Artist Spotlight: Sakony Burton
By Rocco Falleti, Contributing Writer
For Pittsburgh based graphic designer Sakony Burton, busy would be an understatement.
Burton is a constant collaborator with a number of Pittsburgh based artists creating artwork for
albums, fliers for shows, he designs clothes and recently picked up producing music all while
raising a child of his own.
While he maintains a constant stream of work and collaboration, it all started with putting of
some of the required work being given to him to pursue his passions while he was student at
Rogers School for the Creative and Performing Arts.
“Originally, I wanted to be a photographer, so I just started skipping class to teach myself
photography,” Burton says. “I can’t say I had the technical skills at the time, but I knew how to
draw and paint and had a little graphic design work.”
As an artist, Burton is curious, yet relentless, not shying away from an obstacle that may deter
“I used to some real basic shit for a long time, getting all gassed up,” Burton says. “Once you’re
doing the same things all the time, everything just starts to evolve from there.”
As far as inspirations, Burton was with the work of graphic designer, January Jones (no, not the
girl from Mad Men) and would reach out to him on a normal basis.
“I used to reach out and tell him his shit is super hard but I’m poor and can’t afford it,” Burton
says laughing. “I told him, I’m 16 years old and don’t have a job but I fuck with your stuff.”
The two would remain in contact and Jones would become quickly become a mentor. At the
same time, he was in contact with Noel Bronson whose brand “Pure” was another favorite of
I don’t even know how
While graphic design and photography come second nature to Burton, producing music was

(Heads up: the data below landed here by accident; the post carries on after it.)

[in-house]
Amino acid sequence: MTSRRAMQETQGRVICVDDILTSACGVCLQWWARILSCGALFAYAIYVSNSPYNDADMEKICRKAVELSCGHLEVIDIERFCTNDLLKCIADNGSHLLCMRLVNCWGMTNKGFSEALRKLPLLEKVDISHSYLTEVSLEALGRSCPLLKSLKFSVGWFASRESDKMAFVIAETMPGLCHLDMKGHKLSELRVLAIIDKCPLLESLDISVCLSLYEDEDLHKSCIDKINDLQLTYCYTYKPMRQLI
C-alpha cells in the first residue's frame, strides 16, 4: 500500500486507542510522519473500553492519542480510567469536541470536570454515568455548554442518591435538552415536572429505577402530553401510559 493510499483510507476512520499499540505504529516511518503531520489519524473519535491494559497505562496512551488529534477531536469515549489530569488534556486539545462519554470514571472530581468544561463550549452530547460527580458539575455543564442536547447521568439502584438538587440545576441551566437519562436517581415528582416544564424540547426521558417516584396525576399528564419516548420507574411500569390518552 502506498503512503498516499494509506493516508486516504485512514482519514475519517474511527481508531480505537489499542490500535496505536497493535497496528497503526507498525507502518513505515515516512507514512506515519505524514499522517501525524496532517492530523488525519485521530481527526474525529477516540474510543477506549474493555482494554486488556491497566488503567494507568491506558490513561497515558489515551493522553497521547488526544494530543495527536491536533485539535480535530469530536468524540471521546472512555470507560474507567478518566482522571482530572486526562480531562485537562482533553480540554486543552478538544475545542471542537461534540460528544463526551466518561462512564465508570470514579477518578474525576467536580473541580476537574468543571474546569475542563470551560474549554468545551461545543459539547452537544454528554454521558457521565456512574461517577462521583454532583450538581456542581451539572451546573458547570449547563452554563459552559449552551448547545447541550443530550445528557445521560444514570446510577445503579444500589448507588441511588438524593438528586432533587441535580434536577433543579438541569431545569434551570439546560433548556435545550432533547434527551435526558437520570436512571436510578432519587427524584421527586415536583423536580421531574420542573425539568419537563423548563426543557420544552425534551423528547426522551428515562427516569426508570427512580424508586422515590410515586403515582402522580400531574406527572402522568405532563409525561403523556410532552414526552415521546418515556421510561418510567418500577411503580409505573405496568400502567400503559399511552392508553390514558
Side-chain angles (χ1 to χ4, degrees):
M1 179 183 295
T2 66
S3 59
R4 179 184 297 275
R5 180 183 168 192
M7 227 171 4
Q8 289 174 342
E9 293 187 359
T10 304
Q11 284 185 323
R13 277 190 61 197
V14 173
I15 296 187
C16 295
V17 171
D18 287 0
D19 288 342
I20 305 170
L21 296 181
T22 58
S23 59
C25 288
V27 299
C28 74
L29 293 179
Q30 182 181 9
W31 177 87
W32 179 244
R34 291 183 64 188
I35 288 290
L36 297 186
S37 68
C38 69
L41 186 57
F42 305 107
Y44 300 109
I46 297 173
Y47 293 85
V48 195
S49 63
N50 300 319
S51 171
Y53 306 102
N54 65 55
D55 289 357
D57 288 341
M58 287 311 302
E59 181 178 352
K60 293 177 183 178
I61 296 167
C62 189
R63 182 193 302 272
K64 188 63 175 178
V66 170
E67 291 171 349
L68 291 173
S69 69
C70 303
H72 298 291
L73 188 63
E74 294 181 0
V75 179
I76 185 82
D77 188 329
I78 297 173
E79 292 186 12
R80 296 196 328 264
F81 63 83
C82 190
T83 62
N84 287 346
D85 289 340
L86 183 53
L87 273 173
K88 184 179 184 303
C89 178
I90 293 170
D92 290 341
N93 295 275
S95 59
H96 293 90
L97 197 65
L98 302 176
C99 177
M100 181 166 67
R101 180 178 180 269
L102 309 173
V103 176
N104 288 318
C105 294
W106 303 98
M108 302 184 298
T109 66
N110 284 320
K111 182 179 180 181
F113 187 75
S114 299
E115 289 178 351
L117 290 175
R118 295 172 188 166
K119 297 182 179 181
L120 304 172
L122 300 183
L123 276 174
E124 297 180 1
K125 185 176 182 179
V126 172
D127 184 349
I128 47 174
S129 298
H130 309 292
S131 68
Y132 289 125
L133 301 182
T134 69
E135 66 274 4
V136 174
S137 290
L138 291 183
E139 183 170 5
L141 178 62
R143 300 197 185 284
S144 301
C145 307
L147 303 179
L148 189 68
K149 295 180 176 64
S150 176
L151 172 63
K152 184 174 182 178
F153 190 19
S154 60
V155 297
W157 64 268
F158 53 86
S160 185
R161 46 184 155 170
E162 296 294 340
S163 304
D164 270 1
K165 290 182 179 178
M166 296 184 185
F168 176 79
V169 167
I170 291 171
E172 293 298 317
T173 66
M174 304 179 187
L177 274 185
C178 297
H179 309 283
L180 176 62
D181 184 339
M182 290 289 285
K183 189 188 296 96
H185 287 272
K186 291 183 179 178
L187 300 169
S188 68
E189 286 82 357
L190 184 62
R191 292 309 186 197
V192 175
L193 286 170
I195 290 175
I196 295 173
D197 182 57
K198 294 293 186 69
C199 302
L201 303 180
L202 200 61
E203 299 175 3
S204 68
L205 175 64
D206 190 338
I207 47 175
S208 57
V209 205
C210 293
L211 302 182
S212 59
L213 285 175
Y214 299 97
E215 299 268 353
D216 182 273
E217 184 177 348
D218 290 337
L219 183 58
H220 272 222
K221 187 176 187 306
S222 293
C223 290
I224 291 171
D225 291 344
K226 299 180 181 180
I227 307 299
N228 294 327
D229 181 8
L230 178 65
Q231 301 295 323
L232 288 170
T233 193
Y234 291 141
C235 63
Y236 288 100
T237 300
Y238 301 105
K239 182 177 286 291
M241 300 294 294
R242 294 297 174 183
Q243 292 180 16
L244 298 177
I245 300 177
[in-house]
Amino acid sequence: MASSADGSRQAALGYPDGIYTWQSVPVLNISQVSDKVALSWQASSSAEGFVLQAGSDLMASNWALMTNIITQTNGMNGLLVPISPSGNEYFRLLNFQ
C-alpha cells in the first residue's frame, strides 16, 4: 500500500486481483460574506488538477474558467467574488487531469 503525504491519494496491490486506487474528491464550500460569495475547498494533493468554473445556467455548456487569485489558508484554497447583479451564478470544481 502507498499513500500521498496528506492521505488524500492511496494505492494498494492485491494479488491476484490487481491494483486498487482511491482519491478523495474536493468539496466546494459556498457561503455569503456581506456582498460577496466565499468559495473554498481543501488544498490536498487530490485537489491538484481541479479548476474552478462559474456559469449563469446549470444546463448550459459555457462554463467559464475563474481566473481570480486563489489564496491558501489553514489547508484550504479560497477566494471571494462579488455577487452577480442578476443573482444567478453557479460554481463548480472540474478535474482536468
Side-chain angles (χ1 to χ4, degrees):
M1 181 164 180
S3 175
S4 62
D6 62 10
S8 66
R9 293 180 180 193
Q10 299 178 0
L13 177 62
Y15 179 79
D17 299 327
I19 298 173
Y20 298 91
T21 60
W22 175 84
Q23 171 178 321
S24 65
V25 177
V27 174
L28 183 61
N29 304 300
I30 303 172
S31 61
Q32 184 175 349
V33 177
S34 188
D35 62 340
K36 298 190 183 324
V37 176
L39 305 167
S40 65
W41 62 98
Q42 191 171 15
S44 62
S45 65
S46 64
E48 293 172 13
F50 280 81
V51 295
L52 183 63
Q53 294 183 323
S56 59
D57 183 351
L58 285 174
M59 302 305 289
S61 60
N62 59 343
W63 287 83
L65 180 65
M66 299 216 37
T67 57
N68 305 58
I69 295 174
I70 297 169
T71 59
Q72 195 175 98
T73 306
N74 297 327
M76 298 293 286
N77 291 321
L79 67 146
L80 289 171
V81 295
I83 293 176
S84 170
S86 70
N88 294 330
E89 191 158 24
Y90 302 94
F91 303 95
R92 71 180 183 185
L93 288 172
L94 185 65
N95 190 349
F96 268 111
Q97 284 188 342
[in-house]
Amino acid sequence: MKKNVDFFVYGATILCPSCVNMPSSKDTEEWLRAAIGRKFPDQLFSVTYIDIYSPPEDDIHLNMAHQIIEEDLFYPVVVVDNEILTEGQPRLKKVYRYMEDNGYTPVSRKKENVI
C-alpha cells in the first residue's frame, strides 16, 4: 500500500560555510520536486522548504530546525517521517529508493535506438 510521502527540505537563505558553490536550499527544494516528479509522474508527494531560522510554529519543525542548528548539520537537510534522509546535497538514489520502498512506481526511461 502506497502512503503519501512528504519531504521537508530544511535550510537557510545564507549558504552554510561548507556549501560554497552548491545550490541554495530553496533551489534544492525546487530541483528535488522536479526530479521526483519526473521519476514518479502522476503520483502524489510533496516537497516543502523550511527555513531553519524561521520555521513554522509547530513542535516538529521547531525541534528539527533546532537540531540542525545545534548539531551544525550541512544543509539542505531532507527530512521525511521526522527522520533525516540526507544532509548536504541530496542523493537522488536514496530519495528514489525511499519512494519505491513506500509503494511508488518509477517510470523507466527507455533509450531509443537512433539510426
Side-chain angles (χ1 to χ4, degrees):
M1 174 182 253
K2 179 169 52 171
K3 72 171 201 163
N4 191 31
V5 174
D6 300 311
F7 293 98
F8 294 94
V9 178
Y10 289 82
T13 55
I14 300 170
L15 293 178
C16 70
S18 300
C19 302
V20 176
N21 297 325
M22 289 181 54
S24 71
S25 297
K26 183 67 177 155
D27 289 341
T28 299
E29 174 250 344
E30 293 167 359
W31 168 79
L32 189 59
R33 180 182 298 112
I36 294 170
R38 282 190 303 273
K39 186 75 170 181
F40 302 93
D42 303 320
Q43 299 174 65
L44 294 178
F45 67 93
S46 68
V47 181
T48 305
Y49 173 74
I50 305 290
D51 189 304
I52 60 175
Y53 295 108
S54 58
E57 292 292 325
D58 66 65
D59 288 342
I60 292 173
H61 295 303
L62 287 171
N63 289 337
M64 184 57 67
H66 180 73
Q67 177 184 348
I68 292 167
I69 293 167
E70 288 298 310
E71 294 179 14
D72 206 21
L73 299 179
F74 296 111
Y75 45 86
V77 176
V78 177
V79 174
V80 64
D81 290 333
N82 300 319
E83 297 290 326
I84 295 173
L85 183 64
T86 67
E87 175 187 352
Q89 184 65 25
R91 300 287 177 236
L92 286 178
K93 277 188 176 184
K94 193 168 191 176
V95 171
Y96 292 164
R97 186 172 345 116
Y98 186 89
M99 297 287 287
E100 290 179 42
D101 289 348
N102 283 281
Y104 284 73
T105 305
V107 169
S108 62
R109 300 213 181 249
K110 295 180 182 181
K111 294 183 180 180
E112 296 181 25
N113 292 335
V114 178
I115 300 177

something he never thought would be part of his arsenal.
“One day, I’m at my buddy’s crib and he was working on a project and asked if I wanted to help
produce a track, I’d never done any of that shit before,” Burton says. “I ended up doing some
But that would only begin to peak his interest as his friend would teach him how to chop up
records and load a drum kit on to a track. He may not be J. Dilla yet, but Burton… Or should I
say, EyeRage, has hit the ground running yet again with his latest creative endeavor. The artist
recently put out a beat tape titled, “Killing All My Bad Judgements.”
“I have been diligently trying with this producing stuff,” Burton says. “But I am printing and
shipping all my own clothes, making these beats, photography And I’m a fucking dad on top of
it all… I might fuck around and put out another tape soon.”
Last year, Burton ended up on the west coast during what he refers to as an “extended”
vacation. Though the plan wasn’t to necessarily stay out there forever, Burton worked and hung
around LA for the better part of six months.
“When I got there, I was like alright, I’m going to find a print shop, print some shirts and sell
them on the beach,” Burton says. “But as life goes, it never really did happen.”
That doesn’t go to say that Burton wasn’t keeping busy during his stay. He would link up with
collaborative group allowing him to create cover art and fliers for artists of all kinds throughout
the city and also worked alongside Jones for some photography work.
Though he had some great opportunities, there was something about Los Angeles that just
“In LA, I felt there is sort of a disconnect from people not from there, especially being from the
east coast like myself, I mean, the way they interact and operate completely different,” Burton
says. “I didn’t feel like there was a lot of genuine interactions in LA.”
Burton values his time spent out west and the connections he made, but something just wasn’t
clicking and he packed his bags and headed back to the Steel City.
“I am not saying anything wasn’t original out there, it was all great,” Burton says. “But if all my
source material is going to be based off what is happening and popular now, it’s just going to
Back in the Burgh
Burton releases clothes through his own brand, “Untitled by Sakony.” While he remains a
consistent creative collaborator for artists such as Clarence (designing the majority of his
artwork), Burton has a number of projects on the way that have been in the works for a while.
Being back in Pittsburgh has been a breath of fresh air. The creative scene is something that is
overwhelmingly positive and supportive in this city and allows artists much like Burton to thrive.
“People here are breathing something more organic and original and I am just so thankful to be
around that,” Burton says. “Out west, they played off the sounds being perpetuated. But here
in Pittsburgh, a lot of people are playing off the people around them.”